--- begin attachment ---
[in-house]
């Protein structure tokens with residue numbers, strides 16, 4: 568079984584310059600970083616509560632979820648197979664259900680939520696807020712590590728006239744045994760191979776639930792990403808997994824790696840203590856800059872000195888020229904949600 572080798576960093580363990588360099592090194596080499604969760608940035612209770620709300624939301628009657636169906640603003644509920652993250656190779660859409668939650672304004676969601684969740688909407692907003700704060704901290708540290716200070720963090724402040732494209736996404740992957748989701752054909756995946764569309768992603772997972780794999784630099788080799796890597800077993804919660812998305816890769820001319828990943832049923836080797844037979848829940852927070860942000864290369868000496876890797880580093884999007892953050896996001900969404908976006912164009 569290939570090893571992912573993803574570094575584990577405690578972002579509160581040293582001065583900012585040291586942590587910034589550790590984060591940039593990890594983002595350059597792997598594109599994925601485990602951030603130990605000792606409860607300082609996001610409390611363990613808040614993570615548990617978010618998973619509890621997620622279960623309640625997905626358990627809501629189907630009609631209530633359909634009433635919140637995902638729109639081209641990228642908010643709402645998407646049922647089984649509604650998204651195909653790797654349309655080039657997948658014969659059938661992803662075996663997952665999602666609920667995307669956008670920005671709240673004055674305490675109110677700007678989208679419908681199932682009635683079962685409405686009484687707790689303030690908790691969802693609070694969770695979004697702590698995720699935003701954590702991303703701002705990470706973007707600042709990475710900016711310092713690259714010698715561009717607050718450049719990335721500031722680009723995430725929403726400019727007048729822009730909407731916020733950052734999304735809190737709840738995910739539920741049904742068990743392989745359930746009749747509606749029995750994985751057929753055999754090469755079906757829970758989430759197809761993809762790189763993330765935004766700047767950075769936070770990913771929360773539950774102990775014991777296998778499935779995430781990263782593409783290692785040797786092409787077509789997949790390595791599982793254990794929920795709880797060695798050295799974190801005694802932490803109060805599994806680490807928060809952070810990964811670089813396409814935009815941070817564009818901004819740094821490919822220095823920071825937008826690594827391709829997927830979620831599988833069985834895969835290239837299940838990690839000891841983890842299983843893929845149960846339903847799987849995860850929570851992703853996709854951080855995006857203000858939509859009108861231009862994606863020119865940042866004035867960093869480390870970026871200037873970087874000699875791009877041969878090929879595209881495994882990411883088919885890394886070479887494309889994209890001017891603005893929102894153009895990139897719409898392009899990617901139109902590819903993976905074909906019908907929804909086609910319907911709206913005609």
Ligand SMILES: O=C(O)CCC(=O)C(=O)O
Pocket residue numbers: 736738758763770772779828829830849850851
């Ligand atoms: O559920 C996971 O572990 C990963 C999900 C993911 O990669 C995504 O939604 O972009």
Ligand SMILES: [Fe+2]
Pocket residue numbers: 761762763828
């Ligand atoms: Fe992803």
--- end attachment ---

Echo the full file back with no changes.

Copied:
[in-house]
């Protein structure tokens with residue numbers, strides 16, 4: 568079984584310059600970083616509560632979820648197979664259900680939520696807020712590590728006239744045994760191979776639930792990403808997994824790696840203590856800059872000195888020229904949600 572080798576960093580363990588360099592090194596080499604969760608940035612209770620709300624939301628009657636169906640603003644509920652993250656190779660859409668939650672304004676969601684969740688909407692907003700704060704901290708540290716200070720963090724402040732494209736996404740992957748989701752054909756995946764569309768992603772997972780794999784630099788080799796890597800077993804919660812998305816890769820001319828990943832049923836080797844037979848829940852927070860942000864290369868000496876890797880580093884999007892953050896996001900969404908976006912164009 569290939570090893571992912573993803574570094575584990577405690578972002579509160581040293582001065583900012585040291586942590587910034589550790590984060591940039593990890594983002595350059597792997598594109599994925601485990602951030603130990605000792606409860607300082609996001610409390611363990613808040614993570615548990617978010618998973619509890621997620622279960623309640625997905626358990627809501629189907630009609631209530633359909634009433635919140637995902638729109639081209641990228642908010643709402645998407646049922647089984649509604650998204651195909653790797654349309655080039657997948658014969659059938661992803662075996663997952665999602666609920667995307669956008670920005671709240673004055674305490675109110677700007678989208679419908681199932682009635683079962685409405686009484687707790689303030690908790691969802693609070694969770695979004697702590698995720699935003701954590702991303703701002705990470706973007707600042709990475710900016711310092713690259714010698715561009717607050718450049719990335721500031722680009723995430725929403726400019727007048729822009730909407731916020733950052734999304735809190737709840738995910739539920741049904742068990743392989745359930746009749747509606749029995750994985751057929753055999754090469755079906757829970758989430759197809761993809762790189763993330765935004766700047767950075769936070770990913771929360773539950774102990775014991777296998778499935779995430781990263782593409783290692785040797786092409787077509789997949790390595791599982793254990794929920795709880797060695798050295799974190801005694802932490803109060805599994806680490807928060809952070810990964811670089813396409814935009815941070817564009818901004819740094821490919822220095823920071825937008826690594827391709829997927830979620831599988833069985834895969835290239837299940838990690839000891841983890842299983843893929845149960846339903847799987849995860850929570851992703853996709854951080855995006857203000858939509859009108861231009862994606863020119865940042866004035867960093869480390870970026871200037873970087874000699875791009877041969878090929879595209881495994882990411883088919885890394886070479887494309889994209890001017891603005893929102894153009895990139897719409898392009899990617901139109902590819903993976905074909906019908907929804909086609910319907911709206913005609």
Ligand SMILES: O=C(O)CCC(=O)C(=O)O
Pocket residue numbers: 736738758763770772779828829830849850851
């Ligand atoms: O559920 C996971 O572990 C990963 C999900 C993911 O990669 C995504 O939604 O972009």
Ligand SMILES: [Fe+2]
Pocket residue numbers: 761762763828
């Ligand atoms: Fe992803």